Getting the correct temperature is important when using a marijuana vaporizer.
These days, it’s become common knowledge that vaporizing is the healthiest way to consume marijuana. What’s lesser known is the role that temperature plays in determining the effects a user will experience.
The ideal temperature for vaporizing cannabis is around 175 – 200°C (347 – 392°F), says Dr. Ian Mitchell, an emergency physician and clinical assistant professor at the University of British Columbia in Vancouver.
However, he notes that a recent study that examined the cannabinoid extraction of different vaporizers used 210°C (410°F) as a set point.
“In general, I would say 210°C is the best balance between efficient evaporation of terpenes and cannabinoids and smoothness of the vapor,” says Dr. Arno Hazekamp, who studies medical cannabis as the head of research at Bedrocan BV in the Netherlands.
High vs. Low Temperatures
If a user vaporizes cannabis below 180°C (356°F), they will mainly inhale terpenes because cannabinoids won’t evaporate at low temperatures, according to Dr. Hazekamp. But lower temperatures can be ideal for those who want a less intense and more awake high.
Higher temperatures tend to yield more cannabinoids, as studies by researchers in the Netherlands have shown.
In one experiment, the Volcano vaporizer only yielded 24% of cannabinoids when set at a temperature of 170°C (338°F). However, the yield jumped to 77% when the vaporizer was set to 230°C (446°F).
According to Dr. Mitchell, the best extraction of THC occurs around this temperature, although lower temperatures are likely healthier for users.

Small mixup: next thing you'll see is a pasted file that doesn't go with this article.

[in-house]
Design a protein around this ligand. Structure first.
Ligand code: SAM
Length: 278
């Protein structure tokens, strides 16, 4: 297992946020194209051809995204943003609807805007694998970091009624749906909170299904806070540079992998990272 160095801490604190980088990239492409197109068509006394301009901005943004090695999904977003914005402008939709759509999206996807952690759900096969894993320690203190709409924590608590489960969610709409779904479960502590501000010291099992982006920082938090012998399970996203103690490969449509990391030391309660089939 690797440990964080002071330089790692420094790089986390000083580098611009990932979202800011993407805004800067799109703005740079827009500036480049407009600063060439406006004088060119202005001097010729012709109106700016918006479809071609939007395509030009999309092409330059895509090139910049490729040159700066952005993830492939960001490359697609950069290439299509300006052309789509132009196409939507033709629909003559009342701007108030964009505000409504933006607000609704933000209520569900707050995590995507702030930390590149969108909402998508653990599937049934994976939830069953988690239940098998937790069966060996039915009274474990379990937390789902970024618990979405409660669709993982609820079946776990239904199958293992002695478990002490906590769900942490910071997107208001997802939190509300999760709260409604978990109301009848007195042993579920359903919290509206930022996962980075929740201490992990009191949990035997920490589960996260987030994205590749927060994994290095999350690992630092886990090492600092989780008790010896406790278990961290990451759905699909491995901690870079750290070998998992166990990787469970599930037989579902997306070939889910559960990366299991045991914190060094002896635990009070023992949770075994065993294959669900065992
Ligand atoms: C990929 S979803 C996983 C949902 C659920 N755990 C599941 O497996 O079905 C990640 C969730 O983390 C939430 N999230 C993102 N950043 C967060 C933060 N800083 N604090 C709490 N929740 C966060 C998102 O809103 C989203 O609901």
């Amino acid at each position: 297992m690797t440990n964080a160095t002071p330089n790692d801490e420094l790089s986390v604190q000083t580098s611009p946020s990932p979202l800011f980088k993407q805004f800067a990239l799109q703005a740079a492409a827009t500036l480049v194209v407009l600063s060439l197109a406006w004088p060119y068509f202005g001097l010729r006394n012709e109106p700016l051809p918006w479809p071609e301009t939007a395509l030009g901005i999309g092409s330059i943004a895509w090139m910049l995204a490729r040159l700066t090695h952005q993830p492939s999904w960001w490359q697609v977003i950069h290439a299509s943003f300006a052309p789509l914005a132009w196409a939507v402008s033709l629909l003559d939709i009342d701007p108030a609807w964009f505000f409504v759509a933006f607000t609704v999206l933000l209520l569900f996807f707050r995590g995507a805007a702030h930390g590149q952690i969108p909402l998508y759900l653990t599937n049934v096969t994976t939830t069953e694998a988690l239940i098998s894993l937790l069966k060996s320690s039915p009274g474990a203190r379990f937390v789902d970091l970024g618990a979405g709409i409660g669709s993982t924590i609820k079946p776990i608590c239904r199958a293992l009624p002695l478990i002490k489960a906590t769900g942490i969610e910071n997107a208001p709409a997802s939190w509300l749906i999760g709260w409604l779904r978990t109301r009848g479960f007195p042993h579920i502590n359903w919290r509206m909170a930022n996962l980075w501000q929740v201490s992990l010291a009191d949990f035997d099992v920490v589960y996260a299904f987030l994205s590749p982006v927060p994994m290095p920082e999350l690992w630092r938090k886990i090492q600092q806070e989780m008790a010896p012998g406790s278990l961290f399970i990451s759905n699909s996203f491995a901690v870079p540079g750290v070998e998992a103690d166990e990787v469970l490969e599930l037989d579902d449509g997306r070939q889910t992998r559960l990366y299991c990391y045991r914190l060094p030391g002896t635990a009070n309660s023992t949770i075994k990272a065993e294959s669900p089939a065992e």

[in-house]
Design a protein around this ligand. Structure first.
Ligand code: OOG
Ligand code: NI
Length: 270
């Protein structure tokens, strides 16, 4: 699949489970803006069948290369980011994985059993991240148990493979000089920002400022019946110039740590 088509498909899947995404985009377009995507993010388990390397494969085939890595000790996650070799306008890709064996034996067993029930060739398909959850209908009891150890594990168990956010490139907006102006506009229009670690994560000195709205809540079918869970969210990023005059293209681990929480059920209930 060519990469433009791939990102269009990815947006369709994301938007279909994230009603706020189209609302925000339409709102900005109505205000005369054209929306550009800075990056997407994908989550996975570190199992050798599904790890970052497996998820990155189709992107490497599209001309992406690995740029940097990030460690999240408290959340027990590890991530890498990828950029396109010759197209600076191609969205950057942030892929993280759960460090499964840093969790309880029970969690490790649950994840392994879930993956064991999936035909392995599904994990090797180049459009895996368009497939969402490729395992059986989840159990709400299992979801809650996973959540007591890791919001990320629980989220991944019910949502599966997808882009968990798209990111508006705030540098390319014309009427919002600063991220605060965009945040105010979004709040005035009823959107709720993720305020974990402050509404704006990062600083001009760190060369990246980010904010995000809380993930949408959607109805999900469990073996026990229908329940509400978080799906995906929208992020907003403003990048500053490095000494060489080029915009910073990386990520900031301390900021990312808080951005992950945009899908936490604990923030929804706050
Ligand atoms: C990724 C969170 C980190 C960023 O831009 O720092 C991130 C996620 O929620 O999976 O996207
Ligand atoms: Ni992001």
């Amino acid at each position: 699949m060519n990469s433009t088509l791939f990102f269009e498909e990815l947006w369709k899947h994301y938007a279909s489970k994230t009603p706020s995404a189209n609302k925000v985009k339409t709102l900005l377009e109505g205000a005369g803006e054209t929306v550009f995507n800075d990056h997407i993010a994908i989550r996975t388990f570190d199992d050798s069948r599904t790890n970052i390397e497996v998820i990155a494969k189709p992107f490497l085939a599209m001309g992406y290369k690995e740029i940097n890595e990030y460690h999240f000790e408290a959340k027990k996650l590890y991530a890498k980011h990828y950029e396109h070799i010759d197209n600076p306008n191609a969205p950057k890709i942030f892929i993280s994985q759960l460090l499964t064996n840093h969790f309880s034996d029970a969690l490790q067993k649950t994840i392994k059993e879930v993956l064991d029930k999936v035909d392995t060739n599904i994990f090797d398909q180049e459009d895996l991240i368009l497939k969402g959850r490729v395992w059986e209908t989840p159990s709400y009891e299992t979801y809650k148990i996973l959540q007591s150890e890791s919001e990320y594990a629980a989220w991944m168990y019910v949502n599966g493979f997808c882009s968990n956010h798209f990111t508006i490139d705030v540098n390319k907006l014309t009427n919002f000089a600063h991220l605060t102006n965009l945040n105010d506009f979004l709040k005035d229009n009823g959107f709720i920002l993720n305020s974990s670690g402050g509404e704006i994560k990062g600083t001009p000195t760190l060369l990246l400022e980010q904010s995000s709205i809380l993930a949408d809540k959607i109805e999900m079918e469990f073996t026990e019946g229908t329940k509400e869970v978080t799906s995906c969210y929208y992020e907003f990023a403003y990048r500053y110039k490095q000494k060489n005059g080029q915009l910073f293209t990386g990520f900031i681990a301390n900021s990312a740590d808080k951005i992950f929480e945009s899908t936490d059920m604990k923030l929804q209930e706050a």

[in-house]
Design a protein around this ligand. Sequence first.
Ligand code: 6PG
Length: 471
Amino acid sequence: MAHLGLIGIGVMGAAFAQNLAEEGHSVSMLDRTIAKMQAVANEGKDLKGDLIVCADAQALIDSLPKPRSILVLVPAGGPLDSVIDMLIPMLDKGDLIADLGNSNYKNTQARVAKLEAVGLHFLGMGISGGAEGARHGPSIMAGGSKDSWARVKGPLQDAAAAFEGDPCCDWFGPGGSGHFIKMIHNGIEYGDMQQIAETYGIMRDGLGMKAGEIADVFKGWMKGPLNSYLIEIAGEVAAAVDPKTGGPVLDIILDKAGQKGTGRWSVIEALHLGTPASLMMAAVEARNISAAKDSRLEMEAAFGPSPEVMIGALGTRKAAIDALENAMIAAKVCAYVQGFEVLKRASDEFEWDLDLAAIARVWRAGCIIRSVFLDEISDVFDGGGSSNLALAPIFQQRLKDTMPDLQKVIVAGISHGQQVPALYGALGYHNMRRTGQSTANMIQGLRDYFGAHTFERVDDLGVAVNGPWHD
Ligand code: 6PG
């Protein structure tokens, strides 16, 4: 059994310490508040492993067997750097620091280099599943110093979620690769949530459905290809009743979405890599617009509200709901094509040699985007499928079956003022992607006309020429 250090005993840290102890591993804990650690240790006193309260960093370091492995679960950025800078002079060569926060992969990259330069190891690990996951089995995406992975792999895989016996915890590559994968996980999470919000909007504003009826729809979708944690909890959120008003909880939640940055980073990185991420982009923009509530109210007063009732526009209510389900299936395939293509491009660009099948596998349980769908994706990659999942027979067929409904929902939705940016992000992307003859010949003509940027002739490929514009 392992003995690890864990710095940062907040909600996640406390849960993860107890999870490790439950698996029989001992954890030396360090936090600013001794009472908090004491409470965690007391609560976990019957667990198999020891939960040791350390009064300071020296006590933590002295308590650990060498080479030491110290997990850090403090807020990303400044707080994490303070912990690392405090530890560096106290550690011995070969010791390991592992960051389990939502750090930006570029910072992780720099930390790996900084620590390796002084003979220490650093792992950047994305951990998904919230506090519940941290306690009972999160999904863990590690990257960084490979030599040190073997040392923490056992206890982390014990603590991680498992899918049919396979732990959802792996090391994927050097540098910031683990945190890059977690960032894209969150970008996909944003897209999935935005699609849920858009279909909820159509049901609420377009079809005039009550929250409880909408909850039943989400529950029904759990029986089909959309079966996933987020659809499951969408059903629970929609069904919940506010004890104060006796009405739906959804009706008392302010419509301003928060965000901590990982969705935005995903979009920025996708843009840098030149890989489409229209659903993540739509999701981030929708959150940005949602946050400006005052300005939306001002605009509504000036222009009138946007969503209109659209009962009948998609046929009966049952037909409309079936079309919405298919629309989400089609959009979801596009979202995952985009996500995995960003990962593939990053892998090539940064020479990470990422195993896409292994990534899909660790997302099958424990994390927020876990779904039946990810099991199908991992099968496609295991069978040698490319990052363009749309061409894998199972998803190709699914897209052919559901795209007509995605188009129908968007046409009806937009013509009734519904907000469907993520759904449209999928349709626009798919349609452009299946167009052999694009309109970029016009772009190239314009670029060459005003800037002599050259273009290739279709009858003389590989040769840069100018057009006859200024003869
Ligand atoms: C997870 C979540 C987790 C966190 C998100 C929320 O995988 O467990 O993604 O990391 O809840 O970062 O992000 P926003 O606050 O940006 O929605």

Users should take caution not to vaporize at or above 235°C (455°F) since the vapor will become harsh and could start to burn. “When that happens, you are creating the same toxic compounds as during smoking,” explains Dr. Hazekamp.
Vaporizing CBD and THC
Although some users may try to adjust the vaporizing temperature according to whether they want to feel the effects of CBD or THC more, it’s unlikely to make a significant difference.
The boiling points of these two cannabinoids are only 10°C (18°F) apart and most vaporizers do not offer that level of accuracy.
“If you are seeking to separate out THC and CBD, you are much better off controlling those in your cannabis sample rather than try to do it by differential volatility,” says Dr. Mitchell.
Dr. Hazekamp agrees and maintains that users should vaporize around 210°C (410°F) to feel the effects of both cannabinoids. “It is easy to remember and why bother with two temperatures?”
Other Things To Consider
Although specific temperature ranges are commonly recommended to those just starting out, other factors could affect the ideal temperature to vaporize. For instance, Dr. Hazekamp points out that the moisture content of the cannabis is something to consider.
“After all, when you heat cannabis in a vaporizer, the first thing to boil off is the remaining water in the plant,” he says.
Another factor is the type of vaporizer used, according to Dr. Hazekamp. For example, convection-style vaporizers (such as the Volcano and other desktop models) can be more efficient because heat is transferred more directly. However, they can also evaporate cannabis even when a user is not inhaling.
Dr. Mitchell adds that cheaply made vaporizers (such as vape pens and other conduction-style vaporizers) tend to have hotspots, which can make it difficult to keep a consistent temperature.